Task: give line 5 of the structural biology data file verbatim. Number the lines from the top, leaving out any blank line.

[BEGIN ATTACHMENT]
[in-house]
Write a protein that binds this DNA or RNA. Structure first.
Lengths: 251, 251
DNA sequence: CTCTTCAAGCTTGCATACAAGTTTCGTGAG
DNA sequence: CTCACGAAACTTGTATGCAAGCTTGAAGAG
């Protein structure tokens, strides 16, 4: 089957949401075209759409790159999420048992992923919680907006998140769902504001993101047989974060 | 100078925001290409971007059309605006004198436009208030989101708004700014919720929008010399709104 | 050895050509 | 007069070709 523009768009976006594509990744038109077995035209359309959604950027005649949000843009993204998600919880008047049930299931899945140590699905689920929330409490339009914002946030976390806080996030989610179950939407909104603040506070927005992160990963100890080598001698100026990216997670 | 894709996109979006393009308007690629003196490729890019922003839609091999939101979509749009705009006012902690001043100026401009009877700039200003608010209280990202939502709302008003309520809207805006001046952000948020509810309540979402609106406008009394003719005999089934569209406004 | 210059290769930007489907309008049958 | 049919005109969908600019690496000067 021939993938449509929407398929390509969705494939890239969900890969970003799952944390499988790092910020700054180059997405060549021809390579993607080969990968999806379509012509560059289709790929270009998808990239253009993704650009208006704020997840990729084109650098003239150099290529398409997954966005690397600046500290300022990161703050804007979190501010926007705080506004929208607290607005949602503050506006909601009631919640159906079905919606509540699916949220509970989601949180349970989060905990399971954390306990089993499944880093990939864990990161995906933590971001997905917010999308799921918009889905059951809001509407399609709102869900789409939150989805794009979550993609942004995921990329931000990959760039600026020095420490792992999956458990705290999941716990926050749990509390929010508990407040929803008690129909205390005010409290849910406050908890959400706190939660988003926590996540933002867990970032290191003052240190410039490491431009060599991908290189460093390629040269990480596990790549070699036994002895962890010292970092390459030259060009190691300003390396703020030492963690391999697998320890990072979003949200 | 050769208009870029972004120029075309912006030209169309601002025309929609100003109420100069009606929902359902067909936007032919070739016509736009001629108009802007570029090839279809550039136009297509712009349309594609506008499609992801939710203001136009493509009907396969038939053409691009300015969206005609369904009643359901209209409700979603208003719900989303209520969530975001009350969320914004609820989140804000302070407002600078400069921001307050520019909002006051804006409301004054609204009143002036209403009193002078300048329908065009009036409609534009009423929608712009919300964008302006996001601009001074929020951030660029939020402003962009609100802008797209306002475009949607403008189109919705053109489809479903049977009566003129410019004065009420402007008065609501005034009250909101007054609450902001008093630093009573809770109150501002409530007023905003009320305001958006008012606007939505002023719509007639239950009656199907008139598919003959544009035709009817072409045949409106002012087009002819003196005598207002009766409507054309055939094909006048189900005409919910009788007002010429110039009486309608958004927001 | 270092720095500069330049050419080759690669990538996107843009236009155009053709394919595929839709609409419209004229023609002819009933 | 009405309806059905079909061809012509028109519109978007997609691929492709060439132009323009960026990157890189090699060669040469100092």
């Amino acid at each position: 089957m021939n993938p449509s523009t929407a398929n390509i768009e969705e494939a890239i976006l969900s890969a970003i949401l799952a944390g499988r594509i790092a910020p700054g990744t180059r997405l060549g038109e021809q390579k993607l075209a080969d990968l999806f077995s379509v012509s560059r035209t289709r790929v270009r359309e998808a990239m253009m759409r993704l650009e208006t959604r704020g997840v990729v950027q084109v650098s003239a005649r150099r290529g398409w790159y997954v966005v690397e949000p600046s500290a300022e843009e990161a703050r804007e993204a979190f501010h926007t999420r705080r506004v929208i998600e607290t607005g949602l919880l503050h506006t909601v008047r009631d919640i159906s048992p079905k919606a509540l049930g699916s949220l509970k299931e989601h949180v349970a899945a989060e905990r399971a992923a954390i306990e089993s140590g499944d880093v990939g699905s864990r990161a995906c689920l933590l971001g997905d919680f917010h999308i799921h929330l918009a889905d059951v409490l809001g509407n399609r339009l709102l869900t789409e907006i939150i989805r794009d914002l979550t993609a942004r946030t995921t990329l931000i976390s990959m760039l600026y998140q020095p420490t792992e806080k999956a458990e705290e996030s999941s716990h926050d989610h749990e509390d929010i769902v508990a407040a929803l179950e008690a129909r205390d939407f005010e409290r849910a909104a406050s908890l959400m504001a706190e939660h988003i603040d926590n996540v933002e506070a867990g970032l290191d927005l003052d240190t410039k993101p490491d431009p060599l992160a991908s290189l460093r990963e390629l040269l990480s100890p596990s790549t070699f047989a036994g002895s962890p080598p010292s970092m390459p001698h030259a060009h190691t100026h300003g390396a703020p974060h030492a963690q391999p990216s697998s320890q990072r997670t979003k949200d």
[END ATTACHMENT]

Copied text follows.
DNA sequence: CTCACGAAACTTGTATGCAAGCTTGAAGAG